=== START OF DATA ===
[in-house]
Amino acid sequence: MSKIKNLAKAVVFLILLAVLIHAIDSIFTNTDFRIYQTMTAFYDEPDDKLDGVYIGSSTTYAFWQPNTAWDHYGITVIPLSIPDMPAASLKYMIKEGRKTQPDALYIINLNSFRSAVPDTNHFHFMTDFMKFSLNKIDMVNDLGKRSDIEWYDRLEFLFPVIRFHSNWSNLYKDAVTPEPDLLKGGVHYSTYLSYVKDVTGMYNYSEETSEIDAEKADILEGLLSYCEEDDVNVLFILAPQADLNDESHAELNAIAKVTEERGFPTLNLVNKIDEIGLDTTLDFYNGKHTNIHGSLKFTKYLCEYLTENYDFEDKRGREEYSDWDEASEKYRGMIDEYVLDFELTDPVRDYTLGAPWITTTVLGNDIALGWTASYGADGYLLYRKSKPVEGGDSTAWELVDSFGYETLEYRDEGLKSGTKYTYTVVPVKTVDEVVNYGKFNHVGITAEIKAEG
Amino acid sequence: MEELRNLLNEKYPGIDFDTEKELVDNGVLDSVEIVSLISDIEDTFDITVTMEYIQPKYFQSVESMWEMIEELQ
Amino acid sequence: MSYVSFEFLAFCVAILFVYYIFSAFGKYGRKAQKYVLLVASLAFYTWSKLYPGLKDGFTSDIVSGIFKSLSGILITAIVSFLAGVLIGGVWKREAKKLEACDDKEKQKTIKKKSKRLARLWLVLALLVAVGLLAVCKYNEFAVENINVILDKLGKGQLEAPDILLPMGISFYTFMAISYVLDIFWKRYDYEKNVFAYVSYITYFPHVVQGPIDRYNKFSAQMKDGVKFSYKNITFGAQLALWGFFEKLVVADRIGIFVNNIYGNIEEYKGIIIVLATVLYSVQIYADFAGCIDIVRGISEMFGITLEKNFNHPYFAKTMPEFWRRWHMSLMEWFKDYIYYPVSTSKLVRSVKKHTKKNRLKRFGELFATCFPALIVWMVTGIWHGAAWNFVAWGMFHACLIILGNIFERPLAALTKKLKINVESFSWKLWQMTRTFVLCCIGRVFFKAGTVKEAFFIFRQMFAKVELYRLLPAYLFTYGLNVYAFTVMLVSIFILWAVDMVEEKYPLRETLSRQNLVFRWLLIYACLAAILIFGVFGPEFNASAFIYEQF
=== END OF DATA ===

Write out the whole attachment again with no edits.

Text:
[in-house]
Amino acid sequence: MSKIKNLAKAVVFLILLAVLIHAIDSIFTNTDFRIYQTMTAFYDEPDDKLDGVYIGSSTTYAFWQPNTAWDHYGITVIPLSIPDMPAASLKYMIKEGRKTQPDALYIINLNSFRSAVPDTNHFHFMTDFMKFSLNKIDMVNDLGKRSDIEWYDRLEFLFPVIRFHSNWSNLYKDAVTPEPDLLKGGVHYSTYLSYVKDVTGMYNYSEETSEIDAEKADILEGLLSYCEEDDVNVLFILAPQADLNDESHAELNAIAKVTEERGFPTLNLVNKIDEIGLDTTLDFYNGKHTNIHGSLKFTKYLCEYLTENYDFEDKRGREEYSDWDEASEKYRGMIDEYVLDFELTDPVRDYTLGAPWITTTVLGNDIALGWTASYGADGYLLYRKSKPVEGGDSTAWELVDSFGYETLEYRDEGLKSGTKYTYTVVPVKTVDEVVNYGKFNHVGITAEIKAEG
Amino acid sequence: MEELRNLLNEKYPGIDFDTEKELVDNGVLDSVEIVSLISDIEDTFDITVTMEYIQPKYFQSVESMWEMIEELQ
Amino acid sequence: MSYVSFEFLAFCVAILFVYYIFSAFGKYGRKAQKYVLLVASLAFYTWSKLYPGLKDGFTSDIVSGIFKSLSGILITAIVSFLAGVLIGGVWKREAKKLEACDDKEKQKTIKKKSKRLARLWLVLALLVAVGLLAVCKYNEFAVENINVILDKLGKGQLEAPDILLPMGISFYTFMAISYVLDIFWKRYDYEKNVFAYVSYITYFPHVVQGPIDRYNKFSAQMKDGVKFSYKNITFGAQLALWGFFEKLVVADRIGIFVNNIYGNIEEYKGIIIVLATVLYSVQIYADFAGCIDIVRGISEMFGITLEKNFNHPYFAKTMPEFWRRWHMSLMEWFKDYIYYPVSTSKLVRSVKKHTKKNRLKRFGELFATCFPALIVWMVTGIWHGAAWNFVAWGMFHACLIILGNIFERPLAALTKKLKINVESFSWKLWQMTRTFVLCCIGRVFFKAGTVKEAFFIFRQMFAKVELYRLLPAYLFTYGLNVYAFTVMLVSIFILWAVDMVEEKYPLRETLSRQNLVFRWLLIYACLAAILIFGVFGPEFNASAFIYEQF